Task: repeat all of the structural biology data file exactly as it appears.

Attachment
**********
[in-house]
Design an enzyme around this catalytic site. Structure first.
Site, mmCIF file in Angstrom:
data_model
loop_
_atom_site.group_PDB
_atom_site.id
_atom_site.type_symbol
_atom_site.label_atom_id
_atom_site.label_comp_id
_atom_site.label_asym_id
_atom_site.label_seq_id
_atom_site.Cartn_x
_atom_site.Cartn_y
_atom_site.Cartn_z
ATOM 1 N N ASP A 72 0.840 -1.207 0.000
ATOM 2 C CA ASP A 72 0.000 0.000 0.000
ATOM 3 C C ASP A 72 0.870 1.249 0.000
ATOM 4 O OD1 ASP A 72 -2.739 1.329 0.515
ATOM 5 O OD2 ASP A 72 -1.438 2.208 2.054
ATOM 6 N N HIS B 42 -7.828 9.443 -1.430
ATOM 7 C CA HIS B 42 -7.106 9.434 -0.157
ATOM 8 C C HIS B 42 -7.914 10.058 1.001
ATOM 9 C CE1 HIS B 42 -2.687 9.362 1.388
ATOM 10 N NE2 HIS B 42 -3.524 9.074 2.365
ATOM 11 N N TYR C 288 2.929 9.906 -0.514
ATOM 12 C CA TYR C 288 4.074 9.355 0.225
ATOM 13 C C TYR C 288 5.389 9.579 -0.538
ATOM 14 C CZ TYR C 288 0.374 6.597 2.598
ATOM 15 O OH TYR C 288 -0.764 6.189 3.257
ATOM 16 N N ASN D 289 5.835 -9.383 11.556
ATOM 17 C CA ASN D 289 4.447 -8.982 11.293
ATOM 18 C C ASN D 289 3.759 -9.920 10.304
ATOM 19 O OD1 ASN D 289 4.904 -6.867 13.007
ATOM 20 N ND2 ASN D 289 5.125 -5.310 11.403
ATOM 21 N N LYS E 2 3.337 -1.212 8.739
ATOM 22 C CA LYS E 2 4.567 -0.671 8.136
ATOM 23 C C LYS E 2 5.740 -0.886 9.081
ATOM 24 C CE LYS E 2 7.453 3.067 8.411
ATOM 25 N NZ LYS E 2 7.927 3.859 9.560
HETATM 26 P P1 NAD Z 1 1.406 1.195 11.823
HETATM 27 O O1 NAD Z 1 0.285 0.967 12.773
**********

[in-house]
Design an enzyme around this catalytic site. Structure first.
Site, mmCIF file in Angstrom:
data_model
loop_
_atom_site.group_PDB
_atom_site.id
_atom_site.type_symbol
_atom_site.label_atom_id
_atom_site.label_comp_id
_atom_site.label_asym_id
_atom_site.label_seq_id
_atom_site.Cartn_x
_atom_site.Cartn_y
_atom_site.Cartn_z
ATOM 1 N N ASP A 72 0.840 -1.207 0.000
ATOM 2 C CA ASP A 72 0.000 0.000 0.000
ATOM 3 C C ASP A 72 0.870 1.249 0.000
ATOM 4 O OD1 ASP A 72 -2.739 1.329 0.515
ATOM 5 O OD2 ASP A 72 -1.438 2.208 2.054
ATOM 6 N N HIS B 42 -7.828 9.443 -1.430
ATOM 7 C CA HIS B 42 -7.106 9.434 -0.157
ATOM 8 C C HIS B 42 -7.914 10.058 1.001
ATOM 9 C CE1 HIS B 42 -2.687 9.362 1.388
ATOM 10 N NE2 HIS B 42 -3.524 9.074 2.365
ATOM 11 N N TYR C 288 2.929 9.906 -0.514
ATOM 12 C CA TYR C 288 4.074 9.355 0.225
ATOM 13 C C TYR C 288 5.389 9.579 -0.538
ATOM 14 C CZ TYR C 288 0.374 6.597 2.598
ATOM 15 O OH TYR C 288 -0.764 6.189 3.257
ATOM 16 N N ASN D 289 5.835 -9.383 11.556
ATOM 17 C CA ASN D 289 4.447 -8.982 11.293
ATOM 18 C C ASN D 289 3.759 -9.920 10.304
ATOM 19 O OD1 ASN D 289 4.904 -6.867 13.007
ATOM 20 N ND2 ASN D 289 5.125 -5.310 11.403
ATOM 21 N N LYS E 2 3.337 -1.212 8.739
ATOM 22 C CA LYS E 2 4.567 -0.671 8.136
ATOM 23 C C LYS E 2 5.740 -0.886 9.081
ATOM 24 C CE LYS E 2 7.453 3.067 8.411
ATOM 25 N NZ LYS E 2 7.927 3.859 9.560
HETATM 26 P P1 NAD Z 1 1.406 1.195 11.823
HETATM 27 O O1 NAD Z 1 0.285 0.967 12.773